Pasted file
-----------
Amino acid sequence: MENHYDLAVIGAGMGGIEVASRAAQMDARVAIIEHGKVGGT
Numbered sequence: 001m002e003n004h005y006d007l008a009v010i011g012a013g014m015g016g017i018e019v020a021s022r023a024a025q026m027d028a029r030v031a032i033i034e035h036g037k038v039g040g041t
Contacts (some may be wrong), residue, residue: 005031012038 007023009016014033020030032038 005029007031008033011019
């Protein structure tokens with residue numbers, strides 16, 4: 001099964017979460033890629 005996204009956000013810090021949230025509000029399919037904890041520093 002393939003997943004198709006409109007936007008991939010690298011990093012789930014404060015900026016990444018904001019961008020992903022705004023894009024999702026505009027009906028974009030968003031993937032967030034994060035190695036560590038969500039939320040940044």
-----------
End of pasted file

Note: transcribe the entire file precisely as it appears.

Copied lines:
Amino acid sequence: MENHYDLAVIGAGMGGIEVASRAAQMDARVAIIEHGKVGGT
Numbered sequence: 001m002e003n004h005y006d007l008a009v010i011g012a013g014m015g016g017i018e019v020a021s022r023a024a025q026m027d028a029r030v031a032i033i034e035h036g037k038v039g040g041t
Contacts (some may be wrong), residue, residue: 005031012038 007023009016014033020030032038 005029007031008033011019
């Protein structure tokens with residue numbers, strides 16, 4: 001099964017979460033890629 005996204009956000013810090021949230025509000029399919037904890041520093 002393939003997943004198709006409109007936007008991939010690298011990093012789930014404060015900026016990444018904001019961008020992903022705004023894009024999702026505009027009906028974009030968003031993937032967030034994060035190695036560590038969500039939320040940044």